When I was eleven or so, my parents discussed the thought that our family holiday may be spent in France. The continent was opening up again after the war - recovered enough after a decade to welcome the tourist money. I wanted to go of course I did, hadn't I always wanted to travel? Then Dad decided it was too early, I wouldn’t appreciate the experience, the food would be a problem.
I was not only devastated, I was shocked to the core. What had my eating tastes have to do with hopping on that ferry and chugging across the Channel?
It was explained.
The food would be flavoured differently,
Strange food may be offered and
They were not going to take someone who would not only be very hungry after a fortnight but would show them up by pushing her food around. It wasn’t polite.We would go to Cornwall as normal.
I had moments only to decide the course of my culinary life.
'I promise.' I pleaded.
I promised to eat everything put in front of me.
With no complaint,
With no complaint.
Cross my heart and hope to die.
Please, please, can we go.'
Now, had I been bribed? I still wonder:(
We went. I was seasick on the ferry. I discovered my Achilles heel to my future wanderings, the sea and me do not get on.
I did so enjoy Brittany. The beaches, the sunshine (we would have had both in Cornwall, it wasn't after all so far from home:)the rapidity of French and I had a brand new swimsuit silver blue. A proper one, no shirring elastic, no little pouches. A proper swimming costume.
And the food. Looking back I think my parents were kind to me. I was never offered frog’s legs, I wouldn't have been able to eat them, I loved frogs too much, I was never offered snails I couldn't have eaten them either, I had spent too much of my childhood studying them.
I had to eat garlic, impossible not to, olive oil! very strange that foodstuff! it was only ever used for cleaning ears where I came from, bought from the chemist in tiny bottles. Strange dressings and far more salads than I was used to. The seasonings were different but not by so much, the order of food and dealings with cutlery were different, but fun to learn.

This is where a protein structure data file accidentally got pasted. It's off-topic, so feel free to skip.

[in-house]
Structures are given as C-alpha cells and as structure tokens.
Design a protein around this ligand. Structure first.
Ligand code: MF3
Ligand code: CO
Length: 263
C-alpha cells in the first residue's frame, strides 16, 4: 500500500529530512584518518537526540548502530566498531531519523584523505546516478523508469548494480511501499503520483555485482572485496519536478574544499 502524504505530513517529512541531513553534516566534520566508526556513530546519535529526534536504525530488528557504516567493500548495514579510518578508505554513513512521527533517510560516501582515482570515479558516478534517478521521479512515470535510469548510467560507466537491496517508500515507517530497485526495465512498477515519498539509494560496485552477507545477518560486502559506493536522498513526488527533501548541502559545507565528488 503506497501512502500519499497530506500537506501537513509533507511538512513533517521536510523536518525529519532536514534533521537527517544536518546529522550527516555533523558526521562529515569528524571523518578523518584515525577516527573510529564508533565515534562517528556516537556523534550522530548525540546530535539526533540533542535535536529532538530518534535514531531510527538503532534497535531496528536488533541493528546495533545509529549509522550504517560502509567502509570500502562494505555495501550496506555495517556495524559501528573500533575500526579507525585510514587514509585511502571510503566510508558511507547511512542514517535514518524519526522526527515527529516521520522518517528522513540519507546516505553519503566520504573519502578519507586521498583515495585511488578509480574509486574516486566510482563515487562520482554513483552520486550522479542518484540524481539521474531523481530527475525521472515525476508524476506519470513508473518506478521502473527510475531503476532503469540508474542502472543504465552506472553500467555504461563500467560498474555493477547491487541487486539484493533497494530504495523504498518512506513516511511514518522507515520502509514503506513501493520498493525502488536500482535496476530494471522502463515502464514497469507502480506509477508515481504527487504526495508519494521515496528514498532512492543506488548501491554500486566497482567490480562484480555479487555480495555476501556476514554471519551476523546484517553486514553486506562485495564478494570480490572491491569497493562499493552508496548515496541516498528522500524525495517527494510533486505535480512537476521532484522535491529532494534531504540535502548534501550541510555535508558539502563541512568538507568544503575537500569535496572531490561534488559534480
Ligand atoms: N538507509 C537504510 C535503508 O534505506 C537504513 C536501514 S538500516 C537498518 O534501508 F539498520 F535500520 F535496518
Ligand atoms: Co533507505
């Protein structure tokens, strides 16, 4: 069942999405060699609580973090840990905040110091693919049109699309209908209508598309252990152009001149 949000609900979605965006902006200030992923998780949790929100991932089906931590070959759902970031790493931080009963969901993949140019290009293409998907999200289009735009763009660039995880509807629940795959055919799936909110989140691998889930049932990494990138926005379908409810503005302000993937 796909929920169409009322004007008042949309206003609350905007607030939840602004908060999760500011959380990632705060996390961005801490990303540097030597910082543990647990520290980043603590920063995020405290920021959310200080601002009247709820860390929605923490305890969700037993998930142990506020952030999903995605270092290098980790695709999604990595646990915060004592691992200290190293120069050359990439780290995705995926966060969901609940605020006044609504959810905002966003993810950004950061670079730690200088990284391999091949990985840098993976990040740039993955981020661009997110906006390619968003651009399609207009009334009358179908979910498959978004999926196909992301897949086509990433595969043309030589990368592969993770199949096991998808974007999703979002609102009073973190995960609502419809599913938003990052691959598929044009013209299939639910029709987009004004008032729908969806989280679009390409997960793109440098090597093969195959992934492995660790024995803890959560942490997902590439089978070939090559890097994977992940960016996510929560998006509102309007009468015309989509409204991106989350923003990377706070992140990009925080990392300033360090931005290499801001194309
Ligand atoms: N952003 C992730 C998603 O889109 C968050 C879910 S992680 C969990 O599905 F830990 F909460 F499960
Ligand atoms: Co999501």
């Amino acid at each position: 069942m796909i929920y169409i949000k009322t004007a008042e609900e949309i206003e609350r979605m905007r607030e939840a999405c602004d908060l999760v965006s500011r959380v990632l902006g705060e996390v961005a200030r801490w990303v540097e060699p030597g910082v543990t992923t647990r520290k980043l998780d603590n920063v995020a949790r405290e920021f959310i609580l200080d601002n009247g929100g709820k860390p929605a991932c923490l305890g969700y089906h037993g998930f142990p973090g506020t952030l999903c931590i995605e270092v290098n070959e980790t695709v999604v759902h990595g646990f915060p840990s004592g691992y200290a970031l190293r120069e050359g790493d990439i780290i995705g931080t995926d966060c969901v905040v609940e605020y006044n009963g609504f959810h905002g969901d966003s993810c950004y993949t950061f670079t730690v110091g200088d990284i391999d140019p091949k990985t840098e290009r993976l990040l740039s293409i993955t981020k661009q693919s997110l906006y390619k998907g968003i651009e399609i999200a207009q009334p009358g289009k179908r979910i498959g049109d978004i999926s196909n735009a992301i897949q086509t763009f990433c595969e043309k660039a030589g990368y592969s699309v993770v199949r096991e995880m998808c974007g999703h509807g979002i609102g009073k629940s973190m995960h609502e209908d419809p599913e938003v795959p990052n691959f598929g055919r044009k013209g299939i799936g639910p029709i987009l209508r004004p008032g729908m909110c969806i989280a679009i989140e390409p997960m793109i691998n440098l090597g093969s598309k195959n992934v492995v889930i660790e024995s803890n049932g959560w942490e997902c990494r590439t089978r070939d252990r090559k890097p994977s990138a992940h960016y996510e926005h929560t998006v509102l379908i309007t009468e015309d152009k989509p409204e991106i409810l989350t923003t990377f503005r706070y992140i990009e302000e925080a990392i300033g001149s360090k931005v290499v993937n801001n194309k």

Their puddings were different but just as delicious, their cakes the same. The milk tasted different, the cheese took a bit of getting used to, their breakfasts had strangely insubstantial bread. Not slice-able. Croissants the same. I didn’t dislike them but I never adopted them either.
The meat tasted a little different - cooking method or animal I was too young to question, not knowing other countries ate different meat sometimes. The flavourings in the stews were intriguing once one accepted this was an adventure.
Because, this is how I sold myself on this holiday. My ambition since I could read was to be a wanderer, I wanted adventures in far flung lands and eating appeared to be part of that. I never looked back. It was that fortnight which enabled me to pack my passport and travel the world many years later.
When we returned my father drew up a small, but impressive, certificate announcing to the world my achievement; it had the correct amount of official words such as wherefore, certify and hence, to satisfy me. My name was handwritten in to the type, it was a proper document. Clever Dad.
I hadn't expected this, travelling to France had been enough but I treasured that piece of paper.More than any other I had.
I had done it.
Of course, everyone else in the family had wanted to go to France and I was the only impediment. This was certainly a bribe but not offered as one. I had made the conditions. They certainly knew how much I would want to go and clever parents that they were, the trap was baited and I jumped in. Did they wonder later, when it appeared, I would never return from my travels, whether that had been such a good idea:)